Emergent Harmony in a Discordant Land: The Creolization of Music in the Eighteenth-Century Tidewater: James Padilioni, Jr.
This research paper will analyze the development of a creolized musical culture in the Tidewater of Virginia during the eighteenth century. This creole music combined elements of both European/British Isles music with traditional West African idioms. There are several historical questions that this paper will attempt to address. How is it that a cross-racial music culture developed within a society that was focused on the concept of ordered hierarchy and designed to culturally segregate Anglo and Afro-Virginians? Was this shared music culture the result of unidirectional influence of European music styles being forced onto subjugated Africans, or was it a bidirectional exchange in which members of both groups contained agency? Additionally, the historiographic significance of this study will be addressed, from both a musicological and slave studies perspective. The phenomenon of this creolized music culture deserves close attention because it is the foundation of the majority of American popular music forms, and is yet one more way to analyze the nuance and complexity of actual individuals within the plantation slave system in the Chesapeake. By incorporating the work of social scientist F.A. Hayek, this paper closes by attempting to explain the causality behind the emergence of this music. Much work has been done within the historiography of American slavery to dispel tropes and generalizations; this research seeks to add to that body of knowledge.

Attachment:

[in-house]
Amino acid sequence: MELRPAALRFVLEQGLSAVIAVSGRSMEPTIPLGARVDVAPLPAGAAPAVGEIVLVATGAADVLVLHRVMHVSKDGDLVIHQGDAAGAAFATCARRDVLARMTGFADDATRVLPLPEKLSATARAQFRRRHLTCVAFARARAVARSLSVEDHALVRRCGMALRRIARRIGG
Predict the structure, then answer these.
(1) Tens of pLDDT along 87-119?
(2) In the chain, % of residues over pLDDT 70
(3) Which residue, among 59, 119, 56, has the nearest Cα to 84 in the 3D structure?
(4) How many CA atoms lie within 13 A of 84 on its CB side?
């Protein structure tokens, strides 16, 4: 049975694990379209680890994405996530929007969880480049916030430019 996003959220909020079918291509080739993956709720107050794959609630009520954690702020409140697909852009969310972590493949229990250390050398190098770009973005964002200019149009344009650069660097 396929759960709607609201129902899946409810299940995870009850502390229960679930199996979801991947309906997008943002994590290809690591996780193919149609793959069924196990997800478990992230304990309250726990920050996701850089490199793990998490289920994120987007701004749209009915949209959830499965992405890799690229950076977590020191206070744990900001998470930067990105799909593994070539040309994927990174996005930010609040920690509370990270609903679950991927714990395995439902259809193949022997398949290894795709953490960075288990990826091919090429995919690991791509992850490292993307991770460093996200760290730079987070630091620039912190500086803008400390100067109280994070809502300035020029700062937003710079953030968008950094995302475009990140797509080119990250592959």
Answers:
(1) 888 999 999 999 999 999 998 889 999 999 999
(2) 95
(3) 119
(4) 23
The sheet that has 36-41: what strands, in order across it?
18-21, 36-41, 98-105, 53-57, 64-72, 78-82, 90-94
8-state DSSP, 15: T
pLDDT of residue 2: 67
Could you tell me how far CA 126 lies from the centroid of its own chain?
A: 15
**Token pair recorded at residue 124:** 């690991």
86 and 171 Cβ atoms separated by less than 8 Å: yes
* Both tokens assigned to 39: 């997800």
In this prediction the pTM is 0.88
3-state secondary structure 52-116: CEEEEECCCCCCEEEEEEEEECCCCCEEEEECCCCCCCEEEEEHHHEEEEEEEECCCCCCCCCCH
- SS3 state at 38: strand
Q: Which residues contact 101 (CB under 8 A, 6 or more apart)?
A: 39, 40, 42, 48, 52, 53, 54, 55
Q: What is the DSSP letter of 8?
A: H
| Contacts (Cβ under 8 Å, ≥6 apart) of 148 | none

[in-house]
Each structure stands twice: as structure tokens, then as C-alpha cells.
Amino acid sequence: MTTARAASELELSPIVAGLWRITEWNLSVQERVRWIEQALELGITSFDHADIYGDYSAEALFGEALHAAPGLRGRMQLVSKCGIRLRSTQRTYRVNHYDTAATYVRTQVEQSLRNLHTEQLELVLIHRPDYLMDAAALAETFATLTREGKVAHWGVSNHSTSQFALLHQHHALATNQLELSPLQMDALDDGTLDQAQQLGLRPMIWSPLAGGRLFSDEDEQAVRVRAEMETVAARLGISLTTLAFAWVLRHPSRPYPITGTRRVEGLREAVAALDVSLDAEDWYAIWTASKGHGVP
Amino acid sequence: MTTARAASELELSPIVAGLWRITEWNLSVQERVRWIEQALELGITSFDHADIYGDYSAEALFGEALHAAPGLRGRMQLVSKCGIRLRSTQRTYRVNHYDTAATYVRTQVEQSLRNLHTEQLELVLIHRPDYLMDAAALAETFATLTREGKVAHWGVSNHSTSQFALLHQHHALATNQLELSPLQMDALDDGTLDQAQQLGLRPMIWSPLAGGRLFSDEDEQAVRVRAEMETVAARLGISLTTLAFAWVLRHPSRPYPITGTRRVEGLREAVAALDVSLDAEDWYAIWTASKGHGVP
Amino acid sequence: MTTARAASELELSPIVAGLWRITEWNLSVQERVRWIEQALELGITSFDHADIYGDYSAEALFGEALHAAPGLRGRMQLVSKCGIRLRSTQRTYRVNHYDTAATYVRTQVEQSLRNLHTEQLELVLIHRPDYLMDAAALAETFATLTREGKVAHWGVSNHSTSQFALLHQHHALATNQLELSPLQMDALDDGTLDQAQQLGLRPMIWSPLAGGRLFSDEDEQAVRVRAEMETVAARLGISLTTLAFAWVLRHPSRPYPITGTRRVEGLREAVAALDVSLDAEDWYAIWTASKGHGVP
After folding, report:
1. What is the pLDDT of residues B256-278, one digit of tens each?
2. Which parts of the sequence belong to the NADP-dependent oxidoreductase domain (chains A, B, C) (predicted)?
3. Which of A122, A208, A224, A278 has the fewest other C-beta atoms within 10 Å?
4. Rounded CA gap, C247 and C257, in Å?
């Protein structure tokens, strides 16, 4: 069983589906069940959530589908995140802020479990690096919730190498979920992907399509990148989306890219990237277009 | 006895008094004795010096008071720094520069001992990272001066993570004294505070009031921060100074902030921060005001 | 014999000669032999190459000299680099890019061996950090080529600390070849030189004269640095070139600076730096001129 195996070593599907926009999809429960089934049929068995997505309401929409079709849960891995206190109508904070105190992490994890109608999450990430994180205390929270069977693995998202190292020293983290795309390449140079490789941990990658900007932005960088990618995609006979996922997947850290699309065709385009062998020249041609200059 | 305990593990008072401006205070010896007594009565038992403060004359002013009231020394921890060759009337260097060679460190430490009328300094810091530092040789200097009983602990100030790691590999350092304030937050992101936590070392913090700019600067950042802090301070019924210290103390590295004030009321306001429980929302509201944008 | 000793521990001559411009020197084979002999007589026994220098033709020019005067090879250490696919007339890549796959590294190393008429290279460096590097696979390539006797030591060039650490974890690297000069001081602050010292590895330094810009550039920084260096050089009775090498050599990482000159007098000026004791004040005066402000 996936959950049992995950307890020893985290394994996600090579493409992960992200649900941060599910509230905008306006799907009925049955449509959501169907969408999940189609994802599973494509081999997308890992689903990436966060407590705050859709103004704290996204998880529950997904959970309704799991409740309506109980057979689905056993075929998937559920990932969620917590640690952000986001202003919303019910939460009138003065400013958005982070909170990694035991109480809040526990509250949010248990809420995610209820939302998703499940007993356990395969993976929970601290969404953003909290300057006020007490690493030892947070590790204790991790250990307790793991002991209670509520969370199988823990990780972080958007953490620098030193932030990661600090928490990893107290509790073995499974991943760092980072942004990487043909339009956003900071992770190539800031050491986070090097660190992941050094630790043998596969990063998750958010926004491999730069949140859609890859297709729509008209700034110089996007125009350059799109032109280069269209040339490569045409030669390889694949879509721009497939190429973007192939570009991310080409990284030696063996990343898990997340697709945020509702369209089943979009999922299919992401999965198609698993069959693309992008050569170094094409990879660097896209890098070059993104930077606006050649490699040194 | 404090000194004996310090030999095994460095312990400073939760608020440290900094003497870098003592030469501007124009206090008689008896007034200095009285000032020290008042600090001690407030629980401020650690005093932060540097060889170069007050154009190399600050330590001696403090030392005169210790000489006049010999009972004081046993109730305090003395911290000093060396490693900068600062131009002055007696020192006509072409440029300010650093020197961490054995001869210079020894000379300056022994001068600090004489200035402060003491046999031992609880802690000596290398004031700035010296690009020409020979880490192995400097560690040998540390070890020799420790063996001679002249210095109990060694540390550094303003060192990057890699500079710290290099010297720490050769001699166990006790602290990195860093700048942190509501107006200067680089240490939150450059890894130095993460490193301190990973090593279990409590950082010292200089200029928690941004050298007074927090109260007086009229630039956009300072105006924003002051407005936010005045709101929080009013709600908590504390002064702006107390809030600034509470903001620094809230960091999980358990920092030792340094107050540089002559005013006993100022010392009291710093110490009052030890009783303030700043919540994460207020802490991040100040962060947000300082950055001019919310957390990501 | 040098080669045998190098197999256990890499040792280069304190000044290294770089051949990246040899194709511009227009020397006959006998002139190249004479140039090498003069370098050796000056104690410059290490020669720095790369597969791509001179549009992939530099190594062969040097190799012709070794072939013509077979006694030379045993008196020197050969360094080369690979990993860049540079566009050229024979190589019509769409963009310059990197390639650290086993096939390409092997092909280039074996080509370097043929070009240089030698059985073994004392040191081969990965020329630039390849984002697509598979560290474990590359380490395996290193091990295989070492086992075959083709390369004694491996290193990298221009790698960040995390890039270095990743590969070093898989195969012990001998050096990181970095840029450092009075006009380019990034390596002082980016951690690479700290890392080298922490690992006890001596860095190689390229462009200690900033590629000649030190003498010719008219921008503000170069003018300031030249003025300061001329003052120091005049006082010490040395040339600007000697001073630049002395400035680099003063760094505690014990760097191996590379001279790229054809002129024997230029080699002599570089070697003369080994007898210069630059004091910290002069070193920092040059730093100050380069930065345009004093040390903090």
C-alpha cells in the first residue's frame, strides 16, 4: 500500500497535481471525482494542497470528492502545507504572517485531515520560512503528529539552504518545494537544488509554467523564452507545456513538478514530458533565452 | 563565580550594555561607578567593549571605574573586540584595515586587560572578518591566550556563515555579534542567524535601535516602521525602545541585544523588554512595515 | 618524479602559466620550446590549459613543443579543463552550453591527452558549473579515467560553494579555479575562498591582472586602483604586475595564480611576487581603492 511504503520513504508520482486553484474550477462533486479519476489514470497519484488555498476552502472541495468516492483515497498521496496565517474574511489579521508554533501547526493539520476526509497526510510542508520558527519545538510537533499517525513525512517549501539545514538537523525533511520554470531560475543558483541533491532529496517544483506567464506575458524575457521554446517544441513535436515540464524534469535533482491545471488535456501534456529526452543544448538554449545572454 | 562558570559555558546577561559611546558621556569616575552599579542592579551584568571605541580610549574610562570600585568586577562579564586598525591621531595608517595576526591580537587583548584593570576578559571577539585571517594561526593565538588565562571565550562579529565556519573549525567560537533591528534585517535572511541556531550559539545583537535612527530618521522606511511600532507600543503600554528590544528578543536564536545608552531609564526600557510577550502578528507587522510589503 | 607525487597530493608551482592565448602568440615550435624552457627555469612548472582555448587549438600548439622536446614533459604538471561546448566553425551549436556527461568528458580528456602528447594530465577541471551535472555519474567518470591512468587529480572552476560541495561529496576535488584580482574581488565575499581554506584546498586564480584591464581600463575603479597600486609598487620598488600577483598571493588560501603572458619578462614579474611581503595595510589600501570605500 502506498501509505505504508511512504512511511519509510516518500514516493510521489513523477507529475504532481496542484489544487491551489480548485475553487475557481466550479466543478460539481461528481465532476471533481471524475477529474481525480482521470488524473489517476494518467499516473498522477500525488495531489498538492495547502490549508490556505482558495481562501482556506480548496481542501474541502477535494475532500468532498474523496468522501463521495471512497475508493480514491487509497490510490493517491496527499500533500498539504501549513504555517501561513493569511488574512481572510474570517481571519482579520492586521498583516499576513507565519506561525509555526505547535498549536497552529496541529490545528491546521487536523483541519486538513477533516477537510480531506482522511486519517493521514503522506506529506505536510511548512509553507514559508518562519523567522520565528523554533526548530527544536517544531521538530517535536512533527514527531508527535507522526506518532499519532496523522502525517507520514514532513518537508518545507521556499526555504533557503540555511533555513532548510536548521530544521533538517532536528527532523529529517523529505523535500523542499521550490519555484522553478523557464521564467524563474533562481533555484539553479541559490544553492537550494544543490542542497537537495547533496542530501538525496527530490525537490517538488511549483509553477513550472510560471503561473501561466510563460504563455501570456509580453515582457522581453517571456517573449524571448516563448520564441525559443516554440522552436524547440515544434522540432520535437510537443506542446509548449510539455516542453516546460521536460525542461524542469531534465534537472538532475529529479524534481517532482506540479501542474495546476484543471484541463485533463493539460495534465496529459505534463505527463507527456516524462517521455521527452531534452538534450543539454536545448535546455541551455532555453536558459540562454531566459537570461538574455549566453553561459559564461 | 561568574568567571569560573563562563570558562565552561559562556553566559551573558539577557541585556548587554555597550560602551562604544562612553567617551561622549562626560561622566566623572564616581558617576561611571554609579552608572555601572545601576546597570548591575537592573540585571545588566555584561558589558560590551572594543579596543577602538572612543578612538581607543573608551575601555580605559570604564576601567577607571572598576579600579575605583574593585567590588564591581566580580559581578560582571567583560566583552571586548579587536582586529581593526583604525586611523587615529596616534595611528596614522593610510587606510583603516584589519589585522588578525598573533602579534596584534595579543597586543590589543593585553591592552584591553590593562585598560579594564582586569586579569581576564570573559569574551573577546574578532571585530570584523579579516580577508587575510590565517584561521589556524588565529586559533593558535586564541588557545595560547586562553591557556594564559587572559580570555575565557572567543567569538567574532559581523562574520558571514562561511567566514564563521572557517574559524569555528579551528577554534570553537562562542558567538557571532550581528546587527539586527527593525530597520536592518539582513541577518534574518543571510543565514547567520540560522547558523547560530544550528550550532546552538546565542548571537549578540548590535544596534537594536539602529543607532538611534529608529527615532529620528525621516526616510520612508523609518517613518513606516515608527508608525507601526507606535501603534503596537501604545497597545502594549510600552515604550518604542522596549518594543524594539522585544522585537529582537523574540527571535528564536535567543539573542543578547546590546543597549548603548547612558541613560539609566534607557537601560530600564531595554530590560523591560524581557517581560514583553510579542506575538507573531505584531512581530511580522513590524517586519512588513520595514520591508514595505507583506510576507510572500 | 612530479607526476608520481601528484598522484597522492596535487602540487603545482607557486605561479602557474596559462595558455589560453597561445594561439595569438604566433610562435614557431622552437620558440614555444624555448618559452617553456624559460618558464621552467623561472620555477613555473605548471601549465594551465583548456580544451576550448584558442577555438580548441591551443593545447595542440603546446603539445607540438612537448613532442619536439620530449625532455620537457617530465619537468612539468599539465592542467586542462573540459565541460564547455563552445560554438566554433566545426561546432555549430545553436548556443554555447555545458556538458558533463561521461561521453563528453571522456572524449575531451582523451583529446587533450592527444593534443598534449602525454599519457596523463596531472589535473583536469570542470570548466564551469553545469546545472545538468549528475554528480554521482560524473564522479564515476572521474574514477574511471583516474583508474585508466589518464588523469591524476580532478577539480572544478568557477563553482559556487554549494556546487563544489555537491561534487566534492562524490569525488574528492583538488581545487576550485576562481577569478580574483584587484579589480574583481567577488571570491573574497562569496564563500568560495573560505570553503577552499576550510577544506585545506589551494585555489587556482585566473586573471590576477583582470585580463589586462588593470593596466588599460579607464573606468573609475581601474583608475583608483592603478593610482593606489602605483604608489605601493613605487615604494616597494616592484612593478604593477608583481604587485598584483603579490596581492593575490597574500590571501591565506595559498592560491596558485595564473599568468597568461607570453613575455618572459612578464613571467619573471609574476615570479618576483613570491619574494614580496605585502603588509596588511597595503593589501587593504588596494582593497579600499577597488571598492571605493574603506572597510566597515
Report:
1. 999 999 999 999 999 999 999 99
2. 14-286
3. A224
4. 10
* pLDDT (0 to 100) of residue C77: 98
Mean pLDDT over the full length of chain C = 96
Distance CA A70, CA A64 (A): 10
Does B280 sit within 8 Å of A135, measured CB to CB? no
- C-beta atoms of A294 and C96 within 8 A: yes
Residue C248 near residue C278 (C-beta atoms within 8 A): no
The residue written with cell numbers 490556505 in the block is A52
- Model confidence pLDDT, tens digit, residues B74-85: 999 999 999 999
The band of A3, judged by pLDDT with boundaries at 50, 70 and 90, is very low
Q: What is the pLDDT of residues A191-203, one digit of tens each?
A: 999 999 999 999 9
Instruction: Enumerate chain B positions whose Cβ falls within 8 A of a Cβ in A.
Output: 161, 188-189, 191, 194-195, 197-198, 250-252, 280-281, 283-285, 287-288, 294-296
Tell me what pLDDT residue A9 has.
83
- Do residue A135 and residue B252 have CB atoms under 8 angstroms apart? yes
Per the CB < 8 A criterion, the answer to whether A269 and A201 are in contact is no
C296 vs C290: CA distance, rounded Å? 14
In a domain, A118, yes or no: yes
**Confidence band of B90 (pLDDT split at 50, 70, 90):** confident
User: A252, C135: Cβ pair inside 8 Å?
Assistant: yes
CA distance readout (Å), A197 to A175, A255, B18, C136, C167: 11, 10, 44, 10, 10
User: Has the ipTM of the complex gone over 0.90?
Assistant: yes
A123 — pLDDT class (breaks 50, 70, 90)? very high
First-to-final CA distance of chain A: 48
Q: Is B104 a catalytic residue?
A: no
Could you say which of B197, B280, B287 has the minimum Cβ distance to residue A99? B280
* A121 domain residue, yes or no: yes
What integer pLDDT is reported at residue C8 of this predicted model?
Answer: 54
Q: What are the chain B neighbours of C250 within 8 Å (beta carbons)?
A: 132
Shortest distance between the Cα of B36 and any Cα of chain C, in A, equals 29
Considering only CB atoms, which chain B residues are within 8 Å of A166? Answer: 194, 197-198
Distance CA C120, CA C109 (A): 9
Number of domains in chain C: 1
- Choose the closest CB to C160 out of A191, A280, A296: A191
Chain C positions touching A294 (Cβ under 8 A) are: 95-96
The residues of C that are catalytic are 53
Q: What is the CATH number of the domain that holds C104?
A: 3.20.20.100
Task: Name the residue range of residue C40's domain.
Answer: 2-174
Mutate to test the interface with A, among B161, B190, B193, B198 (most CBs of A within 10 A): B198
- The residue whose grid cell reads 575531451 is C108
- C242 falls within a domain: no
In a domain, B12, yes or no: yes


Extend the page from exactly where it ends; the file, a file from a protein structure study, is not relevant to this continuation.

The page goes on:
Separation and Quantitation of FD&C Red Dye #40 in Commercially Available Fruit Flavored Beverages: Devon Zimmerman